I'm afraid you're going to be correct. Does anyone other than family and friends remember the names of the Columbine victims? Doubtful, yet we all know the names of the shooters, Klebold and Harris. The media have a way of assisting these scumbags by giving them the fame in death that they could never achieve legitimately in life.

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Again, these statistics alone are meaningless due to cultural differences. Finland has the one of the highest firearm ownerships rates in the world - United Nations International Study on Firearm Regulation reports Finland's gun ownership rate at 50% of households.

Do you know to what frequency individuals in Finland (or any other populous country with a large gun ownership rate and a small firearms-related homicide rate) carry their guns with them in public?

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Do you know to what frequency individuals in Finland (or any other populous country with a large gun ownership rate and a small firearms-related homicide rate) carry their guns with them in public?

I think you guys are wasting your time comparing statistics. Although I suspect that statistics pragmatically support gun ownership as a crime deterrent, the objective support for gun ownership comes from the principle that rational men must be allowed personal firearms to protect their own lives. A government with the amount of power to provide the same amount of protection for every individual as a personal firearm does is probably impossible (and certainly undesirable).

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I think you guys are wasting your time comparing statistics. Although I suspect that statistics pragmatically support gun ownership as a crime deterrent, the objective support for gun ownership comes from the principle that rational men must be allowed personal firearms to protect their own lives.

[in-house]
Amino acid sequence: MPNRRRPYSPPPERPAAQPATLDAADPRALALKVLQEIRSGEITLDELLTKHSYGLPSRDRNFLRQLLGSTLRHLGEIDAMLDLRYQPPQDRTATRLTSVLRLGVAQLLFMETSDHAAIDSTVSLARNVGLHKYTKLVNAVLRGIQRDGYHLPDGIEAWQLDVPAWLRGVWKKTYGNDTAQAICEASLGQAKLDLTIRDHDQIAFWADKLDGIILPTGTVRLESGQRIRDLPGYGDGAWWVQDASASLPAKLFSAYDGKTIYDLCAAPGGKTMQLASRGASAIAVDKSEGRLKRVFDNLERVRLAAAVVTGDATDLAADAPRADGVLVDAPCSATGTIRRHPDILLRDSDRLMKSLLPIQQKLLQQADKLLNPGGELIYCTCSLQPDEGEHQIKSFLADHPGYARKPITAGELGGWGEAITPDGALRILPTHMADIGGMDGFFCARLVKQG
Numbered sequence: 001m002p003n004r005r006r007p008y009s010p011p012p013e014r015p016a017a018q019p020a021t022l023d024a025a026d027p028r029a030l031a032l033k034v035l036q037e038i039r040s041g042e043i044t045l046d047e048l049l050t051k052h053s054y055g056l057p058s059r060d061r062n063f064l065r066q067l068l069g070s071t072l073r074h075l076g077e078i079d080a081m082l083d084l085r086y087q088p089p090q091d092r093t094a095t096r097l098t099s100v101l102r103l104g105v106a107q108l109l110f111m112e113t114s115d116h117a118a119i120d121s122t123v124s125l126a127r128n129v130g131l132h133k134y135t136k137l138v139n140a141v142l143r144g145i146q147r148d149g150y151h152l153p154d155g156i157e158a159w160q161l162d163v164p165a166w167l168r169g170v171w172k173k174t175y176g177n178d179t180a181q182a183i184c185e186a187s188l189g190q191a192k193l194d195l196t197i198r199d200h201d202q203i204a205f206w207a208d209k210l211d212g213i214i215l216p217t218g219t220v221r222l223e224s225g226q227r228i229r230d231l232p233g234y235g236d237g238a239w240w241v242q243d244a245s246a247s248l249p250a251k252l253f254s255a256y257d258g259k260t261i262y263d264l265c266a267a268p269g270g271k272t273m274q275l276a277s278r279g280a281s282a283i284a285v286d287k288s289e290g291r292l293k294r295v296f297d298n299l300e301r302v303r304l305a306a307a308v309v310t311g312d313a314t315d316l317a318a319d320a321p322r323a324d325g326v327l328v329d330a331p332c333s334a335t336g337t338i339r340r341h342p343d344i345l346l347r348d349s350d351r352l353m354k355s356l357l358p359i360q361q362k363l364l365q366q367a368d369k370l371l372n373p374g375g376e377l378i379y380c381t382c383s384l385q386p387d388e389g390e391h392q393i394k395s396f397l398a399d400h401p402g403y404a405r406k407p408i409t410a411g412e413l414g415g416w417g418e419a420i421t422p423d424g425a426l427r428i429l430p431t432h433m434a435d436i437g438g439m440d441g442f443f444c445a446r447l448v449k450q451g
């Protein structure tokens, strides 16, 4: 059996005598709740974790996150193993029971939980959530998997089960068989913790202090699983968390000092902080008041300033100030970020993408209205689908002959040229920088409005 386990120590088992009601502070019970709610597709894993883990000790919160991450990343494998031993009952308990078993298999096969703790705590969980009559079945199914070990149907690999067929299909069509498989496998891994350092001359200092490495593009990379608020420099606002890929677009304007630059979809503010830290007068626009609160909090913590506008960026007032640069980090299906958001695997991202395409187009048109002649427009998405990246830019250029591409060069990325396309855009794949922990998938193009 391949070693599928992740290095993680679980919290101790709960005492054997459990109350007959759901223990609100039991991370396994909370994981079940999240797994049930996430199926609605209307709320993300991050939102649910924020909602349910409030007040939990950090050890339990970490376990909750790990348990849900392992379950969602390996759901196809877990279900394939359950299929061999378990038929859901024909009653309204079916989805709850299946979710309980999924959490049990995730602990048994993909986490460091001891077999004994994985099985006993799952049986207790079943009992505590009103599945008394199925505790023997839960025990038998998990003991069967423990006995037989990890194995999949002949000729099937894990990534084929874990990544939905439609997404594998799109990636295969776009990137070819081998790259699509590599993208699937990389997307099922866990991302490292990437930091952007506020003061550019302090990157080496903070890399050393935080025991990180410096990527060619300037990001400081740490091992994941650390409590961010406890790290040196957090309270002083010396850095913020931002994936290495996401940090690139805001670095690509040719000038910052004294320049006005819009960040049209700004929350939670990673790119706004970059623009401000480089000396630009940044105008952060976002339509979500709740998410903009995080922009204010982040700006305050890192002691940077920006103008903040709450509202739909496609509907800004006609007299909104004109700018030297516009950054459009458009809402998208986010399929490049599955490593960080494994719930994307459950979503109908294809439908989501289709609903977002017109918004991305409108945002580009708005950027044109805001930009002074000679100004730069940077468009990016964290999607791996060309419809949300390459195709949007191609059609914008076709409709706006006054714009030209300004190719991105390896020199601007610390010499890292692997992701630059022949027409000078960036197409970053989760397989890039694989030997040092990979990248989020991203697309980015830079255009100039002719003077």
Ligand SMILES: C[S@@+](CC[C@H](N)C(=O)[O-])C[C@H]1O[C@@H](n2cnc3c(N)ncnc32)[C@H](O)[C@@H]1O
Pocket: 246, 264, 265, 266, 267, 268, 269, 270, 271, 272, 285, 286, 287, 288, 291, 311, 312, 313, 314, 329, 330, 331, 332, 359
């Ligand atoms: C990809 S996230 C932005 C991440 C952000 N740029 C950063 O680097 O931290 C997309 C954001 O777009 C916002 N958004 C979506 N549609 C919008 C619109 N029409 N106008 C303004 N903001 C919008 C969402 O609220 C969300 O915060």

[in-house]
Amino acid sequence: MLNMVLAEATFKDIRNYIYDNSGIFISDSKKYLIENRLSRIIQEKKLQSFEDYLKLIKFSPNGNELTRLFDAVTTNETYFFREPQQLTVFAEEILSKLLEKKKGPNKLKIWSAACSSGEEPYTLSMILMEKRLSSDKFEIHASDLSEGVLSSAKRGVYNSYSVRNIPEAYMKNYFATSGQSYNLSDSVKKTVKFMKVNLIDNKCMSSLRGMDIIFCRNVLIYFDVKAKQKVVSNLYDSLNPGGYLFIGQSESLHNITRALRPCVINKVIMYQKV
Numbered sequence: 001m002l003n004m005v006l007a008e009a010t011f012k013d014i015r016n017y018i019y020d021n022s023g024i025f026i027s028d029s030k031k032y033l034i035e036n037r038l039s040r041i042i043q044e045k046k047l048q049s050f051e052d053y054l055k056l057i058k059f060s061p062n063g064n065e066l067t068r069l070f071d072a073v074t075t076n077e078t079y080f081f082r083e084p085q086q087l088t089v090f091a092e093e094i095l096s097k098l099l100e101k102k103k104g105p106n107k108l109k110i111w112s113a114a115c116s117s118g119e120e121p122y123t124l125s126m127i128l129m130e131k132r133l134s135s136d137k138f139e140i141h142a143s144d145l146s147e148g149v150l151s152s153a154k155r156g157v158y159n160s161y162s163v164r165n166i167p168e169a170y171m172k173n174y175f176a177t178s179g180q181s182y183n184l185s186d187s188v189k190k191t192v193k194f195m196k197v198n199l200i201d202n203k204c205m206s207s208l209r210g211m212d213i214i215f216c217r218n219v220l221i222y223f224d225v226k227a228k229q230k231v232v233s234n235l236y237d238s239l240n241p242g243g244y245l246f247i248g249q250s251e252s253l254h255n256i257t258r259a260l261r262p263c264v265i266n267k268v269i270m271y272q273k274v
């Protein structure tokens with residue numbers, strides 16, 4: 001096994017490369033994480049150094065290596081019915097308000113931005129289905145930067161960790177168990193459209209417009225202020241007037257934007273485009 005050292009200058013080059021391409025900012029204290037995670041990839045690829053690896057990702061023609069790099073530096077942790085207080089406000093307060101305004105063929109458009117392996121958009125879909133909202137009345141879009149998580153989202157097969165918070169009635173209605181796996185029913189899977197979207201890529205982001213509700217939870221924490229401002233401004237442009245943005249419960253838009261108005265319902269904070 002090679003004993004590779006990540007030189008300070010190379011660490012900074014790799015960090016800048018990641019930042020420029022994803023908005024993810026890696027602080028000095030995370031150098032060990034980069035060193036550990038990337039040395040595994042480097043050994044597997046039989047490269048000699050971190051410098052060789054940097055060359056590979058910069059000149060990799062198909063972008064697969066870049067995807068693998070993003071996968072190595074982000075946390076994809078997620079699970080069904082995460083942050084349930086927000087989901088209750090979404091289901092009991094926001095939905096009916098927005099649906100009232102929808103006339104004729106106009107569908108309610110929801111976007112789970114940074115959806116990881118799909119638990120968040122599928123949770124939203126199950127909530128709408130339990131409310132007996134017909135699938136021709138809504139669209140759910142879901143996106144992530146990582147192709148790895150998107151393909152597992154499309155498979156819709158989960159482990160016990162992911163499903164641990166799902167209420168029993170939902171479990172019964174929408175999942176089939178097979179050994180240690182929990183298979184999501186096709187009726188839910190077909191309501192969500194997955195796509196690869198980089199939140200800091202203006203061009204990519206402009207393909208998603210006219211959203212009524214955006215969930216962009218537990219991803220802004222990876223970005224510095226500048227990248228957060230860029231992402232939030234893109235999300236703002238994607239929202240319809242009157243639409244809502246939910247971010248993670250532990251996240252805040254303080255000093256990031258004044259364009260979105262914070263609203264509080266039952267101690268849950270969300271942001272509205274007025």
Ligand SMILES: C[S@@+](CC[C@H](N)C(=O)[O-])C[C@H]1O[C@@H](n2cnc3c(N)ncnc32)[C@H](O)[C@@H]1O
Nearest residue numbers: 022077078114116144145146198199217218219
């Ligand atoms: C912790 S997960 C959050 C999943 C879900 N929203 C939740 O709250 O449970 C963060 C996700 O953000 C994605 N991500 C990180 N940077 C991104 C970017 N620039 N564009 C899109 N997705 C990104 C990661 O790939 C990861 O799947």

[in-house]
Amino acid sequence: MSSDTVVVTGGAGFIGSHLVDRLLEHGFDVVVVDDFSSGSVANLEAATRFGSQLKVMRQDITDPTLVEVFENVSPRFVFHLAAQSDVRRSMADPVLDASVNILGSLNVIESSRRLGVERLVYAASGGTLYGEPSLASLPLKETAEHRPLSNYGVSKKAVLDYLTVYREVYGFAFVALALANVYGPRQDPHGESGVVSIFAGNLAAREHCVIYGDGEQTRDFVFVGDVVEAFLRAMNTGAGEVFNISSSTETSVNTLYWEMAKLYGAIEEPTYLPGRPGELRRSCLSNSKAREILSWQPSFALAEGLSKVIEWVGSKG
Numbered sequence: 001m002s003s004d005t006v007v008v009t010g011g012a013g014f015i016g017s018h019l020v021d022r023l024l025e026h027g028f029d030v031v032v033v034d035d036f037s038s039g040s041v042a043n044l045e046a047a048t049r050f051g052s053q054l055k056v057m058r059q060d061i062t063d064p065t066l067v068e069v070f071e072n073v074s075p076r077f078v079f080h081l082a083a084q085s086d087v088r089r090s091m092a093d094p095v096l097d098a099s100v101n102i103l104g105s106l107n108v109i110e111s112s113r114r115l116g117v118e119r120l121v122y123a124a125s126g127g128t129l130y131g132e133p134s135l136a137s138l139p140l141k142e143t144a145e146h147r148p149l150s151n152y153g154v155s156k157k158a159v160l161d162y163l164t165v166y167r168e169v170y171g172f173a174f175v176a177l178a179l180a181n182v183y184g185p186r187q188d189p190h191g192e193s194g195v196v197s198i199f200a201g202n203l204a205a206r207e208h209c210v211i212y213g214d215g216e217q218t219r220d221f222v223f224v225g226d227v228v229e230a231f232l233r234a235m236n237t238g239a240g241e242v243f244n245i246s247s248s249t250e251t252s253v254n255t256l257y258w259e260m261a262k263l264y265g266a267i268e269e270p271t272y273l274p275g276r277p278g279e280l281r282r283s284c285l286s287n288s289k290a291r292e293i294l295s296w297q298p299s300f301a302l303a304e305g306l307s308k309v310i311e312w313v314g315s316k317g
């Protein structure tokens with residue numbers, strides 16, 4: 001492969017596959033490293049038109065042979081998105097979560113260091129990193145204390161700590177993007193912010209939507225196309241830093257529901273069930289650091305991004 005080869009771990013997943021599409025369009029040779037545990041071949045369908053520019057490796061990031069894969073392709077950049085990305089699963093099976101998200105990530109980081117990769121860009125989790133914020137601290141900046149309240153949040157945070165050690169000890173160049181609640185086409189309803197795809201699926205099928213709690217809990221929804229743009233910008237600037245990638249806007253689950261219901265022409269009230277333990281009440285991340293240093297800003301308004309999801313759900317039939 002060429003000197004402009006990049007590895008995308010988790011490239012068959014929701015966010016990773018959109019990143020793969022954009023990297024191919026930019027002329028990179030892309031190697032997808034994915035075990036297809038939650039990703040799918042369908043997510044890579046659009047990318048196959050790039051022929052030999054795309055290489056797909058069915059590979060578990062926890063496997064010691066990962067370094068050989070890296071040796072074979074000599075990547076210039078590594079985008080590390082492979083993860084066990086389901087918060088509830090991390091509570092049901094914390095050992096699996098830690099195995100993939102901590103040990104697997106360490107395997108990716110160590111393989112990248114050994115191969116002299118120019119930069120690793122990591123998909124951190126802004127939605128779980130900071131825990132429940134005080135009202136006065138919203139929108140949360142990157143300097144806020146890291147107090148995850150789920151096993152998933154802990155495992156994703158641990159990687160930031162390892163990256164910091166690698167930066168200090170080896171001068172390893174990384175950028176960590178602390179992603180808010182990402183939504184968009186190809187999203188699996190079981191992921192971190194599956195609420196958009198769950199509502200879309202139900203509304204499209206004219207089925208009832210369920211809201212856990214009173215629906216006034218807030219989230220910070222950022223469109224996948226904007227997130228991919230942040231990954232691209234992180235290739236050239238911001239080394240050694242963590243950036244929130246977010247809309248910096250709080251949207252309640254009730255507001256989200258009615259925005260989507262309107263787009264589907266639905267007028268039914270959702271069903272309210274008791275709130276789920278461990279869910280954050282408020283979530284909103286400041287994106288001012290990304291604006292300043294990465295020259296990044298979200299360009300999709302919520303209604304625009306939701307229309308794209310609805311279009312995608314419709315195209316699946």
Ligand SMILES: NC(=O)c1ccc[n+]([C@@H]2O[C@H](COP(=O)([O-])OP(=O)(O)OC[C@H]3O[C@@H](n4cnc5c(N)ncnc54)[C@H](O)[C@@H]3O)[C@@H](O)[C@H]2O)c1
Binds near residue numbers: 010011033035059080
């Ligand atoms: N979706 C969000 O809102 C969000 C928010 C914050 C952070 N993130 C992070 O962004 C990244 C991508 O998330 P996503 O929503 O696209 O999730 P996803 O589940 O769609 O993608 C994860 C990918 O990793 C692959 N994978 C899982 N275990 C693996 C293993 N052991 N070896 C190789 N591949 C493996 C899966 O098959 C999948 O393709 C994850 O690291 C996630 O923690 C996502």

Perceiving reality is never a waste of time. I would like to know how the firearm-related homicide rate of populous nations where a significant percentage of pedestrians routinely carry guns in public, if such countries exist. The principle that rational men must be allowed personal firearms to protect their own lives is certainly not axiomatic. I would like to learn more about this issue.

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OK, try this:

http://www.guncite.com/gun_control_gcgvintl.html

I don't feel like dusting off my statistics textbook to analyze this right now, but maybe someone else does. I still think your going at this from the wrong direction although I'll have trouble articulating it correctly: basically, you can't expect to develop a principle like "the right to bear arms" by doing a cost-benefit analysis weighing the cost of an occasional accidental shooting vs. the benefit of being able to prevent the actions of future Cho Seung Huis.

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asically, you can't expect to develop a principle like "the right to bear arms" by doing a cost-benefit analysis weighing the cost of an occasional accidental shooting vs. the benefit of being able to prevent the actions of future Cho Seung Huis.

Rest assured this is not what I am trying to do.

Thanks for the link.

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OK, try this:

http://www.guncite.com/gun_control_gcgvintl.html

I don't feel like dusting off my statistics textbook to analyze this right now, but maybe someone else does. I still think your going at this from the wrong direction although I'll have trouble articulating it correctly: basically, you can't expect to develop a principle like "the right to bear arms" by doing a cost-benefit analysis weighing the cost of an occasional accidental shooting vs. the benefit of being able to prevent the actions of future Cho Seung Huis.